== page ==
Monday, February 28, 2011

Good Ol' Nate...

I was mattress shopping the other day (boring!) and came across the perfect mirror for the entry way.

Nautical Rope Mirror

I remembered it from Lonny Magazine a few months ago.

Image courtesy of Belle Maison

But for $125, I thought maybe I could make it myself.

During my research, I found that Nate Berkus did this same project and documented it with a step by step how to.  Thanks Nate!  Everyone is raving over your show, but I think it's horrible.  Sorry :(  Anyone else agree?

Get the step-by-step guide to creating a high-end rope mirror on a low budget!
A high end rope mirror can cost tens of thousands of dollars, but here’s how to make one for under $35!
What You Need
Sisal Rope - 1" Thick
Glue Gun
Circular Mirror (Unframed)
Duct Tape
1. Buy a generic circular mirror without a frame. (The one shown in the demo was only $15.)
2. Make a cardboard O-shaped frame that covers the outer 2" of your mirror.
3. Take 1" sisal rope (which you can find at Home Depot for around $10) and cut one piece that spans the diameter of the frame. Tape the ends of the rope to prevent fraying.
4. Use a glue gun to attach the rope to the cardboard frame.
5. Measure another piece of sisal rope that spans the diameter of the outer-edge of the frame, with extra rope to make a loop at the top of your mirror. Tape the ends of the rope with duct tape to prevent fraying.
6. Use your glue gun to secure the top loop, and then secure the rope to the outer edge of the cardboard frame.20101102_1041_Rope4_700x481
7. Cut a third and final piece of sisal rope to lay on top of the sisal rope base you've created. Cut your rope the length of frame diameter, and secure the edges with duct tape to prevent fraying.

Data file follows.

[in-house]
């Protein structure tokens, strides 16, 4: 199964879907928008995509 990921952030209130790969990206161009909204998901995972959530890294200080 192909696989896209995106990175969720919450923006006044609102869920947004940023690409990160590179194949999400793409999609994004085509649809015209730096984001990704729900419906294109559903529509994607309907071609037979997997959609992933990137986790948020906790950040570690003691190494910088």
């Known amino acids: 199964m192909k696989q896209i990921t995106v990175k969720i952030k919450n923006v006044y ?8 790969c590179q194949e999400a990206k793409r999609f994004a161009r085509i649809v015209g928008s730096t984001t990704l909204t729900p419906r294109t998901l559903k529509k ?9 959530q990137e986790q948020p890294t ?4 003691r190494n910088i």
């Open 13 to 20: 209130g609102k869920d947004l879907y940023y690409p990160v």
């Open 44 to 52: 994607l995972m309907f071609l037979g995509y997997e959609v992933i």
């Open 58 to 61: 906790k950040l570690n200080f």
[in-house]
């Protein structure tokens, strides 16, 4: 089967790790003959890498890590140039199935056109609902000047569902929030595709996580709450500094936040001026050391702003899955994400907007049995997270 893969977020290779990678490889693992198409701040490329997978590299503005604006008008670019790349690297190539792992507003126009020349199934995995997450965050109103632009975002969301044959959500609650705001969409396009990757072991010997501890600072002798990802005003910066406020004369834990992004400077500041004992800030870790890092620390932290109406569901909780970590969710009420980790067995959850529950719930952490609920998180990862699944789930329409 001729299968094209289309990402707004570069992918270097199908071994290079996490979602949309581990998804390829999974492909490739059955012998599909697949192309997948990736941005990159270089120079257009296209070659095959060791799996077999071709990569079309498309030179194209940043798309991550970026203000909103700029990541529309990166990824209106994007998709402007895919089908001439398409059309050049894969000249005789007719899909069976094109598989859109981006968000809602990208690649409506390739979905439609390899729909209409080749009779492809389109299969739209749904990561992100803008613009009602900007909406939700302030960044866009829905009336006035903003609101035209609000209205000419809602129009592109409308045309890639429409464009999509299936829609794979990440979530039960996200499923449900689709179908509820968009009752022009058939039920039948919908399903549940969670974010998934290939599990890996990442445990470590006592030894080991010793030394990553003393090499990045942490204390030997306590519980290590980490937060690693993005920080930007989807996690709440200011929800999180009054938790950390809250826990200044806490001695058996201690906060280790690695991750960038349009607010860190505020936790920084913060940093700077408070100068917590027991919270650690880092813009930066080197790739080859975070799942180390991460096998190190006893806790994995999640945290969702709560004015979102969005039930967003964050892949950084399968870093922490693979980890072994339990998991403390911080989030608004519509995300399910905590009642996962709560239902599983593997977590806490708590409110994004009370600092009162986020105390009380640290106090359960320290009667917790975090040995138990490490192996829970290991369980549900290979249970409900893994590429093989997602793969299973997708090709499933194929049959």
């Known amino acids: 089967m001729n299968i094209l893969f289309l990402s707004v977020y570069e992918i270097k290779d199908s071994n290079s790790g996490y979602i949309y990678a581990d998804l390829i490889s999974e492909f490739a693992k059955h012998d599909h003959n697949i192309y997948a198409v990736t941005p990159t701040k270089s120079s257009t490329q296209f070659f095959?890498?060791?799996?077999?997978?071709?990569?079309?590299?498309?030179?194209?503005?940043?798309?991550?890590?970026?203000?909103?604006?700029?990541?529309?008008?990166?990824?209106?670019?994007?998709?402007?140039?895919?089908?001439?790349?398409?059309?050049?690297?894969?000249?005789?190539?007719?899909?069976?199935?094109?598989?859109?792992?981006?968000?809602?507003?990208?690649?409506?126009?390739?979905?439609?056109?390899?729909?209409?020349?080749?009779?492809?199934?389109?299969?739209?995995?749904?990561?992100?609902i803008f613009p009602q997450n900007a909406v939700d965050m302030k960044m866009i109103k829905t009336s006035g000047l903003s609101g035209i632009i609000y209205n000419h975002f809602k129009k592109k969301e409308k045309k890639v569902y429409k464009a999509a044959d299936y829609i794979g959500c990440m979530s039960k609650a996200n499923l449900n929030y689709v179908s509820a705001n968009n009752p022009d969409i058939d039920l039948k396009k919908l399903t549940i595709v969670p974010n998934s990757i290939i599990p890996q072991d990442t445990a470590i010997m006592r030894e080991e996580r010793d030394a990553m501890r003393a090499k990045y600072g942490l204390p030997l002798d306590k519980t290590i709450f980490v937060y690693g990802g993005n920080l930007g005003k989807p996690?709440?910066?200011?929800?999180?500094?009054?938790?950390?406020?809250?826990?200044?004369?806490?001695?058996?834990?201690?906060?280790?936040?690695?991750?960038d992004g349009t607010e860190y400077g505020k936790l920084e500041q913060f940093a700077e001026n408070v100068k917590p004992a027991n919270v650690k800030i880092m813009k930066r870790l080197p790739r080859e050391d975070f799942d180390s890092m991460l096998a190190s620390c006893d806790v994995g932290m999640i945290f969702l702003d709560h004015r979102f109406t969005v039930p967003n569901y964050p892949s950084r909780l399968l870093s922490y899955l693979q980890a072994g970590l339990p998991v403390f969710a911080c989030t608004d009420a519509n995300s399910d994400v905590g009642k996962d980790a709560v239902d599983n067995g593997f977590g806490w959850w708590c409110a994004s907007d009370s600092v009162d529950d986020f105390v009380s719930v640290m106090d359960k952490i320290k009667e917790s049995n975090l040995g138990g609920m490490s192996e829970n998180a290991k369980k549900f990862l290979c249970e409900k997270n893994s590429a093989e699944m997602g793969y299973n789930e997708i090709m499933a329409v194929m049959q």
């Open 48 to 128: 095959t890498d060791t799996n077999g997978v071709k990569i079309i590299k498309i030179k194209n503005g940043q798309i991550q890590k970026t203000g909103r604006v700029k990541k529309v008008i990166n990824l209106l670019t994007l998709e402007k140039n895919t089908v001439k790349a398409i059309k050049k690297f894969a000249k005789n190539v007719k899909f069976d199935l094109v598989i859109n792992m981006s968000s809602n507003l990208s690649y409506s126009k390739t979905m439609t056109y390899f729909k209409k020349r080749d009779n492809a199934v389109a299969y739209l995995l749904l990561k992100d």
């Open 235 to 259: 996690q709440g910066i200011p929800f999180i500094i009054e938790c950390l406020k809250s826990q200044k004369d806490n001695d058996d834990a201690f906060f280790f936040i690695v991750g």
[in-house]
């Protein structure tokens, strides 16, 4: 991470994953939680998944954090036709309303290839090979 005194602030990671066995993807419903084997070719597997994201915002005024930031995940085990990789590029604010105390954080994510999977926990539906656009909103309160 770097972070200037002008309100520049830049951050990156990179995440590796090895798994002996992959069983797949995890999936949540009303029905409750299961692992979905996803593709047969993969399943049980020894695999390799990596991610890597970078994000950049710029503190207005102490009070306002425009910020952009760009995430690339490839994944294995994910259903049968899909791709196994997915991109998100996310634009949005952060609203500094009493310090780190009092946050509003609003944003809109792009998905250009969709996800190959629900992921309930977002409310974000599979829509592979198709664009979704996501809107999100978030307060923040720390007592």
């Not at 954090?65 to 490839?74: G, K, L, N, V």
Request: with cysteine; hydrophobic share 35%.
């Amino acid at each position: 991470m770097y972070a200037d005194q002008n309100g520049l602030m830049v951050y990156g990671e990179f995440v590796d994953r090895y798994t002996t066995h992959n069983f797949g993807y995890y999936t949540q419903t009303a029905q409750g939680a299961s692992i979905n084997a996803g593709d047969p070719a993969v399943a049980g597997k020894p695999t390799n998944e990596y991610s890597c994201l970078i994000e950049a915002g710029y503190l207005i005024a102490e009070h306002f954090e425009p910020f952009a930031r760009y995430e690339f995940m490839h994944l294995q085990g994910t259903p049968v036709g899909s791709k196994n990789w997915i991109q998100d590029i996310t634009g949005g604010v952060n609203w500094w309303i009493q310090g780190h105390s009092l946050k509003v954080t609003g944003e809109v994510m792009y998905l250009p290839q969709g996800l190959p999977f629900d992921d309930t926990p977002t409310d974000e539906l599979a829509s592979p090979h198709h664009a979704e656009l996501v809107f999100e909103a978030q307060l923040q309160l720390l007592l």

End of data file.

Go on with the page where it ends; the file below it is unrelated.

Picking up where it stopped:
8. Using your glue gun, secure your third piece of sisal rope to the top of your rope base.
9. Loop and knot a piece of twine where your sisal rope ends meet. Loop your twine around the rope 30 to 40 times to give your frame a finished look.
10. Using your glue gun, add a substantial amount of glue to the edge of your glass mirror, as well as the cardboard of your sisal rope frame. Place your rope frame on top of your circular mirror, and let it dry completely before hanging!

I put this guide to the test and have a few adjustments/suggestions if you decide to do it yourself.

I decided to try the rectangular version and headed to Walmart to look for a cheap mirror.  I found it for $5!

Hi Quinn!

I had to put a weight on the loop to get it to stay put, but even that didn't work.  I eventually gave it a good twist in the other direction and it cooperated.

I used the bread knife to cut the rope.  A normal person could use a saw. 

I suggest binding the ends section with tape before wrapping it in twine.

And, if you're still reading this very long post (thank you, Mom) here is the finished product:

It didn't come out perfect.  I bought a second mirror to perfect it after I did this trial run.  I will hunt down some boat rope instead of the stiff jute rope at Lowes and I will measure the cardboard better.  Oh, and a very important note:  don't use a colorful cardboard.  I used a Pampers diaper box and you can see the torquoise edge in the reflection of the mirror (ugh).

After all that,  there is an affordable version from LL Bean.  :)


  1. Oh dear! Once you make something or buy something, you have to stop looking! I bought two (non matching) leather chairs for the livingroom. I was very happy with them until I saw two matching upholstered chairs at C&B. They were so wonderful and a much more unusual color choice than the ones I bought and would have looked so gorgeous with the rug... And I can't get them out of my head. Perhaps blinders would work? Nice job on the mirror!

  2. Oh, that is so cool that you did that! Love it.

  3. looks great kate! good job. Making it yourself is still cheaper.

  4. I think it looks GREAT!!

    xo - LL

  5. That is AWESOME!!! You did a fantastic job.